Table 1: Toxic Shock Syndrome: Case Definition1
1) Fever: temperature ≥ 38.9 oC
2) Rash: diffuse macular erythroderma ("sunburn")
3) Hypotension: systolic blood pressure ≤ 90 mm Hg (adults) or ≤ 5th percentile for age (children under 16 years of age), or orthostatic hypotension, dizziness or syncope
4) Multisystem dysfunction: at least three:
- a. Gastrointestinal: vomiting or diarrhoea at onset of illness
- b. Muscular: severe myalgias, or serum creatine phosphokinase level (CPK) ≥ twice the upper limit of normal
- c. Mucous membranes: vaginal, oropharyngeal, or conjunctival hyperemia
- d. Renal: blood urea nitrogen (BUN) or creatinine ≥ twice the upper limit of normal, or pyuria ( ≥ 5 leuckocytes per high-power field), in the absence of urinary tract infection
- e. Hepatic: total serum bilirubin or transaminase level ≥ twice the upper limit of normal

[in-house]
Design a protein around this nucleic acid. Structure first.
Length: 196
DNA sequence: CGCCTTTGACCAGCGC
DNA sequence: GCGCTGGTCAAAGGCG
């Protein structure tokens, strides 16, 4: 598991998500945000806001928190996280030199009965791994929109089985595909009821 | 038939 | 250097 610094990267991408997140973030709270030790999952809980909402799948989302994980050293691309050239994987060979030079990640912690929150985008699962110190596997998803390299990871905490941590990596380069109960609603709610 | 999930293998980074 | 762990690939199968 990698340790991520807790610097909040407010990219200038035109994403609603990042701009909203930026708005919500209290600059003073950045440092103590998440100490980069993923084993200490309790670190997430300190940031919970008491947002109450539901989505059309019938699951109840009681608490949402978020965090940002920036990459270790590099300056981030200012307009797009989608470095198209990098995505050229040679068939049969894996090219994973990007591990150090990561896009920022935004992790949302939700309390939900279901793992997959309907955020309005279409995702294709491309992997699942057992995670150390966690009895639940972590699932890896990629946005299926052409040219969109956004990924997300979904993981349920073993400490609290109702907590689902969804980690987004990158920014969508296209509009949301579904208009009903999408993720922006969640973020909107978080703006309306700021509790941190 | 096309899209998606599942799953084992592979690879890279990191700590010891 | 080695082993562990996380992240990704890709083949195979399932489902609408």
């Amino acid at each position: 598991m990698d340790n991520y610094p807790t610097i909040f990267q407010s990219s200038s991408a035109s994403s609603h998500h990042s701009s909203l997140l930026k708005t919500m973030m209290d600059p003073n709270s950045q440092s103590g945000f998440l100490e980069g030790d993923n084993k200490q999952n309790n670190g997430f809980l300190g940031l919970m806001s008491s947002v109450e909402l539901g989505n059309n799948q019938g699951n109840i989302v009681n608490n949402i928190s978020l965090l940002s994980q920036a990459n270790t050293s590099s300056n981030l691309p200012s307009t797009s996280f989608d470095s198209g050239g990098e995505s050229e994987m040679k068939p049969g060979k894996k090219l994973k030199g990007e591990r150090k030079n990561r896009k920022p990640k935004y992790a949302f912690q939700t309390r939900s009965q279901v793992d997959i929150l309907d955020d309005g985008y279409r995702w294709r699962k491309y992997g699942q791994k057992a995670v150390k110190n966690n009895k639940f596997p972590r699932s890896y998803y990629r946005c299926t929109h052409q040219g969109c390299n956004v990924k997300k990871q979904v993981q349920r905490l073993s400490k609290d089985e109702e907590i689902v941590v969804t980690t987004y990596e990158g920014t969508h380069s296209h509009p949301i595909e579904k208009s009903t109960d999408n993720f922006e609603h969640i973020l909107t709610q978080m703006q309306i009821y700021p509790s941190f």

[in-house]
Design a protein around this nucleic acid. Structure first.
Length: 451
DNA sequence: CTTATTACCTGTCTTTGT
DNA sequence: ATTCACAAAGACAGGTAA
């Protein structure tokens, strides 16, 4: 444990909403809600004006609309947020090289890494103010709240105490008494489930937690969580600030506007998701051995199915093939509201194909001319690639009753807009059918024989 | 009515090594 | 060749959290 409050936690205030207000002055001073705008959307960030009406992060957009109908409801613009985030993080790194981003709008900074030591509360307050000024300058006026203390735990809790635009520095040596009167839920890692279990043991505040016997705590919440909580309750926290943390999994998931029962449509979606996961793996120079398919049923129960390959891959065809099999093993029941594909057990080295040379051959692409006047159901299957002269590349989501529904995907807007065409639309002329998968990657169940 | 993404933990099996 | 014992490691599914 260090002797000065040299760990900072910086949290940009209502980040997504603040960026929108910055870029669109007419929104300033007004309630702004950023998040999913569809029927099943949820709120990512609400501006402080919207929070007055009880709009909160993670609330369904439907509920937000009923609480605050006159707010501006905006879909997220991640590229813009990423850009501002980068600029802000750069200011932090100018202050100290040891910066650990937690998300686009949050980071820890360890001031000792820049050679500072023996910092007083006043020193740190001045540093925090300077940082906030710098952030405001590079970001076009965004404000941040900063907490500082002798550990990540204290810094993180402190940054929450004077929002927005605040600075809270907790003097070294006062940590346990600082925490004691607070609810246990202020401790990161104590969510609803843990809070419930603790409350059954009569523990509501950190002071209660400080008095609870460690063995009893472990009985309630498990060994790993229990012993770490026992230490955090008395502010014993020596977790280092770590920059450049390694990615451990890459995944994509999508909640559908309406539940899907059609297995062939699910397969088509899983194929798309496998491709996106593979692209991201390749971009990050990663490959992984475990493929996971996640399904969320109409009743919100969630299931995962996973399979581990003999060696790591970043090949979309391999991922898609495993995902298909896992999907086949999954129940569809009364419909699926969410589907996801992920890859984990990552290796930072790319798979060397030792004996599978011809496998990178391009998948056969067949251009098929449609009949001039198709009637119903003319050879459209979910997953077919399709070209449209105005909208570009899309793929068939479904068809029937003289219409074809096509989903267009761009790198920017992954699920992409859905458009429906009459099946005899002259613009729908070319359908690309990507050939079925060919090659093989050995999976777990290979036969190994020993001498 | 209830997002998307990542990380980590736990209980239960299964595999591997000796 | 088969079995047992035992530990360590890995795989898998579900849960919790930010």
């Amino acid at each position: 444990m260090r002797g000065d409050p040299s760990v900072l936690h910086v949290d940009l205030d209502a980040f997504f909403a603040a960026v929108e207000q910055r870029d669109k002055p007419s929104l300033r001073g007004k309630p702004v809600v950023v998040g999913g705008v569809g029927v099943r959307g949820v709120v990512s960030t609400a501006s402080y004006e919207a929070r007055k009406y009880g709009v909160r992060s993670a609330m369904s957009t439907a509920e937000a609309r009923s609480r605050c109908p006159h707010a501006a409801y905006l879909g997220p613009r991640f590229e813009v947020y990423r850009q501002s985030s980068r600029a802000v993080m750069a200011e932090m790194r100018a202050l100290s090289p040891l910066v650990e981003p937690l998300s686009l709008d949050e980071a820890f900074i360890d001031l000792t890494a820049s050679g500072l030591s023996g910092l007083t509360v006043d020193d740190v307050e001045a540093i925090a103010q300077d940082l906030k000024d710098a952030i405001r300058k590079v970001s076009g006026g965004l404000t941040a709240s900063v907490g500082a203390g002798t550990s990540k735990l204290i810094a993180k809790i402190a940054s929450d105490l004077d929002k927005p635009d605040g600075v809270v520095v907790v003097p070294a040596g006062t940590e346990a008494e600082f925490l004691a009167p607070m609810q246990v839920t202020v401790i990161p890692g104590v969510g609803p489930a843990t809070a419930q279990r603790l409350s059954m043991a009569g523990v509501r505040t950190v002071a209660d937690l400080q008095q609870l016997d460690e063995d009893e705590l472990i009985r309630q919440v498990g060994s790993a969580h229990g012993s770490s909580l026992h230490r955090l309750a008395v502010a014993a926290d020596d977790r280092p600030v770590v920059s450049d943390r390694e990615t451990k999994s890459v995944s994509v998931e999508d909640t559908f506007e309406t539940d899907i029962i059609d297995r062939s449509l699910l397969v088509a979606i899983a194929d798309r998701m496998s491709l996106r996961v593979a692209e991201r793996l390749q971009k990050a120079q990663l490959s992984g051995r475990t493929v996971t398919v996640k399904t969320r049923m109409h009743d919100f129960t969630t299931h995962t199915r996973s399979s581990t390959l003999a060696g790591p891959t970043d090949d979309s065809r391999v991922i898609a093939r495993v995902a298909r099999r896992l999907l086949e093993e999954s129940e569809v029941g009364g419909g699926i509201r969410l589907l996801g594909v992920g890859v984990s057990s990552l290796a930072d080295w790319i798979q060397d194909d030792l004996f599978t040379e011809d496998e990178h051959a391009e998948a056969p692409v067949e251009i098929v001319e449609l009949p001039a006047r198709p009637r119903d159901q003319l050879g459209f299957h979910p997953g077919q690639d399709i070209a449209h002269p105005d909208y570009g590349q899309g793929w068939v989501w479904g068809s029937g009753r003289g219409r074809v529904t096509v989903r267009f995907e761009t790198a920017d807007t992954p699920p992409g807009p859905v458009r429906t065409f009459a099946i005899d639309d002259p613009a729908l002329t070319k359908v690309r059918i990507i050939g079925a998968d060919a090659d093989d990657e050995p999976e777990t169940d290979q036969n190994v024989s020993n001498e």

- f. Hematologic: platelets ≤ 100,000 per L
- g. Central nervous system: disorientation or alteration in consciousness but no focal neurological signs at a time when fever and hypotension are absent
5) Desquamation: 1 to 2 weeks after the onset of illness (typically palms and soles)
6) Evidence against an alternative diagnosis: If obtained: negative cultures of blood, throat, or cerebrospinal fluid;2 absence of a rise in antibody titres to the agents of, leptospirosis, measles or Rocky Mountain spotted fever.
Source: Reingold AL, Hargrett NT, et al. Toxic shock syndrome surveillance in the United States, 1980 to 1981. Ann Intern Med 1982; 96(Part 2): 875-880.
1"Confirmed" case meets all six criteria; "probable" case meets 5 of the 6.
2 Blood culture may be positive for S. aureus.